Stabilizing blood sugar is important for those with blood sugar concerns such as those with prediabetes, PCOS, type 1 diabetes, or type 2 diabetes. However it’s also very important for the day to day life of all individuals because stabilizing blood sugar means that you will have more constant energy without any energy crashes and it can help prevent any long term damage to blood sugar control in individuals as well. When it comes to controlling your blood sugar with your food, there are several things to consider. The first thing to consider is that all carbohydrates, regardless of fiber amount or nutrient amount will spike blood sugar in every individual. Carbohydrates include things like grains, fruit, beans, dessert items, sugary beverages, crackers, chips, sweeteners, starchy vegetables like corn and potatoes, and dairy products. Whenever anyone eats any of these foods, the carbohydrate amount in the food breaks down and causes a release of insulin in our body. Within these foods though, some contain higher amounts of nutrients and fiber that can help slow that digestion and release of insulin and can stabilize blood sugar instead of causing a large spike. These high fiber foods include whole grains like brown rice, quinoa, oatmeal, and 100% whole wheat products. The fiber in these foods slows down the digestion process and can make them a healthier carbohydrate source.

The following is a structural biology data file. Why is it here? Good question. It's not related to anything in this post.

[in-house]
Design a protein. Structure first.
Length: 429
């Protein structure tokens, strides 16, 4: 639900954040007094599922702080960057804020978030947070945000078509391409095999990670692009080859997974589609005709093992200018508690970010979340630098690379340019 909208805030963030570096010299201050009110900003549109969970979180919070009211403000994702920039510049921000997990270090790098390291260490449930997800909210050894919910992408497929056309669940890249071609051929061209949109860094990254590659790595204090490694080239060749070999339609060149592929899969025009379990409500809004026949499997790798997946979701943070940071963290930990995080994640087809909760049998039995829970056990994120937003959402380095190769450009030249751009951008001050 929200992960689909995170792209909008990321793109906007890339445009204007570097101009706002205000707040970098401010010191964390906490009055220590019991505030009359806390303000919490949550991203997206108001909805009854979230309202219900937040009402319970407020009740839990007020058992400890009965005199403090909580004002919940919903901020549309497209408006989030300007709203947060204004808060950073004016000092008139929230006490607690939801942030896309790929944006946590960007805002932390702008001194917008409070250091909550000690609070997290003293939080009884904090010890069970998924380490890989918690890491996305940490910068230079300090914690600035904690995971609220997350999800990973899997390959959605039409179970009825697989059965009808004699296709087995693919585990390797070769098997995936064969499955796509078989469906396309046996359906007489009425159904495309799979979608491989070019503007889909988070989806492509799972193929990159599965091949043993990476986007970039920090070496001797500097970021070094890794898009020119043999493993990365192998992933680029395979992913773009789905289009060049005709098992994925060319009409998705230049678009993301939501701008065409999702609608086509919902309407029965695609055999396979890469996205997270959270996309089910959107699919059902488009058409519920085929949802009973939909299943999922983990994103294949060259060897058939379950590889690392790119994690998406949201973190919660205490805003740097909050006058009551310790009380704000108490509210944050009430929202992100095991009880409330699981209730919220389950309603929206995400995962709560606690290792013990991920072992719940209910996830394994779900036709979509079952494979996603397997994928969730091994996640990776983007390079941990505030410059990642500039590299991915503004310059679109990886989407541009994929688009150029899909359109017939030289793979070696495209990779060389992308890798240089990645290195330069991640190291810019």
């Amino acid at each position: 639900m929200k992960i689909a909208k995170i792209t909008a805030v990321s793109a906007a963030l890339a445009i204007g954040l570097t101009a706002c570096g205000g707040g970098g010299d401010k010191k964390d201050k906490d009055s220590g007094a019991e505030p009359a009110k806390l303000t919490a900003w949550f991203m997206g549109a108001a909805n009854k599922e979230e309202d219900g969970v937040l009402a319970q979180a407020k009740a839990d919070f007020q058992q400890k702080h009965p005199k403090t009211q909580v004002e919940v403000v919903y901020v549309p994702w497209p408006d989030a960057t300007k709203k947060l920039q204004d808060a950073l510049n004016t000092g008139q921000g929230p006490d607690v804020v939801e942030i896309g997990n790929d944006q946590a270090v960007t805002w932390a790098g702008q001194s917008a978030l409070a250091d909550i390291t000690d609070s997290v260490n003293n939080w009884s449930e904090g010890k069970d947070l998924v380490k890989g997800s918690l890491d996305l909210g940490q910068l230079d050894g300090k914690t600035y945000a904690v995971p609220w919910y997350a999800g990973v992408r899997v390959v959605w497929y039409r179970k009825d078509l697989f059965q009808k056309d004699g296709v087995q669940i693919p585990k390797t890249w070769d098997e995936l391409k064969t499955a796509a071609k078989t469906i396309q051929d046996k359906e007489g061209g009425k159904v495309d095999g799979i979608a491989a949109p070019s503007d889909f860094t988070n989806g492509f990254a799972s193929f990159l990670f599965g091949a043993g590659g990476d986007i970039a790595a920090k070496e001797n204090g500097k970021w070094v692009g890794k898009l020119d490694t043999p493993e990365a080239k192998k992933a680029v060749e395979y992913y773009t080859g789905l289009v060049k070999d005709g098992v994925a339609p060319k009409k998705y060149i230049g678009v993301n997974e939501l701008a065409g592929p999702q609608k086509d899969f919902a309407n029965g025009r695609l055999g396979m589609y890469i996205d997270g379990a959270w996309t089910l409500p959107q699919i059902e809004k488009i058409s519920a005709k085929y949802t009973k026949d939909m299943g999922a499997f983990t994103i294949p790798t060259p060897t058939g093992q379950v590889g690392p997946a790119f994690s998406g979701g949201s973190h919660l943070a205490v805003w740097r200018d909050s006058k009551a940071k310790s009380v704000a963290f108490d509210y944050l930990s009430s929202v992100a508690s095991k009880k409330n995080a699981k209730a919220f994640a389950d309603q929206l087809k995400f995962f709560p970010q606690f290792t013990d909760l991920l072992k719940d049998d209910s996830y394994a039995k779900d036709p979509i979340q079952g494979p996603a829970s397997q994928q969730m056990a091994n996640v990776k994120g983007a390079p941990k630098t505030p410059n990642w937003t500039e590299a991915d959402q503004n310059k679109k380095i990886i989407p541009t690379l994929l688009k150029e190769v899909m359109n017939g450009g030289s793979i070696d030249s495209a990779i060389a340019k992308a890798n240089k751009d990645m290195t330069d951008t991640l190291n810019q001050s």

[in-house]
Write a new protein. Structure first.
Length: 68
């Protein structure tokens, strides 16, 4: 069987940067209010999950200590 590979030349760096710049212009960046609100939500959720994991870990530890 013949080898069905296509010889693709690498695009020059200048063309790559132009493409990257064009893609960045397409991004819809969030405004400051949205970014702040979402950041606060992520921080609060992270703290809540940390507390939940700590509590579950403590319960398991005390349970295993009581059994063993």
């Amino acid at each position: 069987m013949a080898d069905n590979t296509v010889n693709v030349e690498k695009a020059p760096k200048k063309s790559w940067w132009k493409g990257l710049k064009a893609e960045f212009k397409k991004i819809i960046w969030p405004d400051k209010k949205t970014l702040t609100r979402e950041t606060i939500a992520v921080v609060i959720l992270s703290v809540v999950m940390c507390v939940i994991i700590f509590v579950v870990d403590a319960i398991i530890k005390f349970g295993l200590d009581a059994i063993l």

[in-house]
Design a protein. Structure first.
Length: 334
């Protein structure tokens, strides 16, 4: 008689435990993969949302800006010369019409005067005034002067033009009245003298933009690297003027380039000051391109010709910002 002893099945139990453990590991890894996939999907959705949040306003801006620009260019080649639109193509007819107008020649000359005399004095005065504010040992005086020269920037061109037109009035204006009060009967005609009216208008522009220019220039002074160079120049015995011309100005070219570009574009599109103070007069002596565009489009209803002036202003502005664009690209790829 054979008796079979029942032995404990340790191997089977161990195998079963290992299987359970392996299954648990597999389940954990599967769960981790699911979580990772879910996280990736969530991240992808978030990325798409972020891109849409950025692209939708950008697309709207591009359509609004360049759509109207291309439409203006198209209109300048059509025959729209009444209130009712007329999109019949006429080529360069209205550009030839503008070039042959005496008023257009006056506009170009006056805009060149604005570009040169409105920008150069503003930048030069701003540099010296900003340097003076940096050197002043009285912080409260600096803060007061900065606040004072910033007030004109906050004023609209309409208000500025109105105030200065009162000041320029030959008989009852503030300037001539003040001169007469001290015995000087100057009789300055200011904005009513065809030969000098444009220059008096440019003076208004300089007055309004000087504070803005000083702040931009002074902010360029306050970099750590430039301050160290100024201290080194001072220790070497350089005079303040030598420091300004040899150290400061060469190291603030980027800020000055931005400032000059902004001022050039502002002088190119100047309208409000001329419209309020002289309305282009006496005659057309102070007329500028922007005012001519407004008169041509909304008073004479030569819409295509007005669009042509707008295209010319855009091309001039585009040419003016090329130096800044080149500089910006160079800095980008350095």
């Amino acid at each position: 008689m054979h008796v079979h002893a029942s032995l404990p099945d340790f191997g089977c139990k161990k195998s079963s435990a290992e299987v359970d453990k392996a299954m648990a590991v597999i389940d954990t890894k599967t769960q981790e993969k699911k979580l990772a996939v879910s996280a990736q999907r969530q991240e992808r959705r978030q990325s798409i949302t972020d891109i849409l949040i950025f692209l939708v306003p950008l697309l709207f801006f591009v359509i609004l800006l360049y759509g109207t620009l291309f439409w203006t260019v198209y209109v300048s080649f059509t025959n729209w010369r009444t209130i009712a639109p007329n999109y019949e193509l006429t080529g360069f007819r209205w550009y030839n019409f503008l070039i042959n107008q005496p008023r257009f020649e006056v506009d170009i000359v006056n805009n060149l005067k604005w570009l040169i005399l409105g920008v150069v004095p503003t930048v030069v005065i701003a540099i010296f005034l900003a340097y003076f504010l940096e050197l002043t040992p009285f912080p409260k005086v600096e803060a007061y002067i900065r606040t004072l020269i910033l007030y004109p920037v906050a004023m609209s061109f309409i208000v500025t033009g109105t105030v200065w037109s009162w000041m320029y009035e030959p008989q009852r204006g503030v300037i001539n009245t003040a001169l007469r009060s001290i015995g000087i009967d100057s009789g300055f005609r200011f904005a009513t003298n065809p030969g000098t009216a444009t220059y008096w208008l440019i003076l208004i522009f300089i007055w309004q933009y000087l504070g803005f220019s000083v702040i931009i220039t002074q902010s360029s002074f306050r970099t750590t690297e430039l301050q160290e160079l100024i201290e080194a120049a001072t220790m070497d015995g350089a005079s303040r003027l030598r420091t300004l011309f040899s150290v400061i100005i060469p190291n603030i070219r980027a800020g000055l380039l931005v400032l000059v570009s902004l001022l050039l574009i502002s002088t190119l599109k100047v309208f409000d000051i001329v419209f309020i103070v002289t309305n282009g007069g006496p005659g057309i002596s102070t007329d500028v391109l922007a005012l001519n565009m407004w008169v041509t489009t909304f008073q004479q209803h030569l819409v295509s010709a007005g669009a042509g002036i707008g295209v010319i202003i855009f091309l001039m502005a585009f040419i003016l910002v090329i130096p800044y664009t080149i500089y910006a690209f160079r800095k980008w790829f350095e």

Many factors influence the stability of blood glucose during sleep. First, the night is a consequence of the day. Whether we played sports, ate, or drank alcohol, how intense it was. Lack of sleep increases the release of stress hormones, slows the metabolic rate, and makes it challenging to maintain optimal weight. People who don’t get regular sleep have an increased risk of dying from heart disease. Sleepless nights result in impaired tissue sensitivity to insulin (insulin resistance), one of the causes of diabetes development. Long-term sleep deprivation impairs glucose tolerance and exacerbates diabetes. In the morning, after a sleepless night, blood glucose can be too high and difficult to control, and sleep-disordered diabetics have considerable difficulty controlling their disease. During sleep, hormones such as growth hormones are secreted in the early morning hours to raise blood sugar levels. This is the so-called “dawn phenomenon,” which is particularly severe during adolescence and occurs in adult diabetics. When administering the evening dose of insulin or programming the insulin pump base for bedtime, it is essential to consider all of these conditions that affect glycemia during sleep and morning sugar.